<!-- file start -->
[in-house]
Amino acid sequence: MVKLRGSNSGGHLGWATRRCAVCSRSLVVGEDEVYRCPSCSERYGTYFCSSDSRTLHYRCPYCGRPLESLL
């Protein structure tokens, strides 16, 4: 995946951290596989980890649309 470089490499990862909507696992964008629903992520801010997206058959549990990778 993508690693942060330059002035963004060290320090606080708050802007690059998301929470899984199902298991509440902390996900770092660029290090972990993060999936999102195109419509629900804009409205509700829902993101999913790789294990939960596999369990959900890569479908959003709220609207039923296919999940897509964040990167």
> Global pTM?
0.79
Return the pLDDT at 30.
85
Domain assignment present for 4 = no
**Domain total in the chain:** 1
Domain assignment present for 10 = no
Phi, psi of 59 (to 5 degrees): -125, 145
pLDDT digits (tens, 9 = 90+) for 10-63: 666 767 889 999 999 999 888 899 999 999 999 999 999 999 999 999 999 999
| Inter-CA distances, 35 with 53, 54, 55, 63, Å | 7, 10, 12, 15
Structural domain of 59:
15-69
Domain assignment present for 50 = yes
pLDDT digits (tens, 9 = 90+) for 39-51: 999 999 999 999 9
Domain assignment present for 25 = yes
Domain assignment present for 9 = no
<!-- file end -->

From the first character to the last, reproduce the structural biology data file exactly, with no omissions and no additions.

[in-house]
Amino acid sequence: MVKLRGSNSGGHLGWATRRCAVCSRSLVVGEDEVYRCPSCSERYGTYFCSSDSRTLHYRCPYCGRPLESLL
């Protein structure tokens, strides 16, 4: 995946951290596989980890649309 470089490499990862909507696992964008629903992520801010997206058959549990990778 993508690693942060330059002035963004060290320090606080708050802007690059998301929470899984199902298991509440902390996900770092660029290090972990993060999936999102195109419509629900804009409205509700829902993101999913790789294990939960596999369990959900890569479908959003709220609207039923296919999940897509964040990167």
> Global pTM?
0.79
Return the pLDDT at 30.
85
Domain assignment present for 4 = no
**Domain total in the chain:** 1
Domain assignment present for 10 = no
Phi, psi of 59 (to 5 degrees): -125, 145
pLDDT digits (tens, 9 = 90+) for 10-63: 666 767 889 999 999 999 888 899 999 999 999 999 999 999 999 999 999 999
| Inter-CA distances, 35 with 53, 54, 55, 63, Å | 7, 10, 12, 15
Structural domain of 59:
15-69
Domain assignment present for 50 = yes
pLDDT digits (tens, 9 = 90+) for 39-51: 999 999 999 999 9
Domain assignment present for 25 = yes
Domain assignment present for 9 = no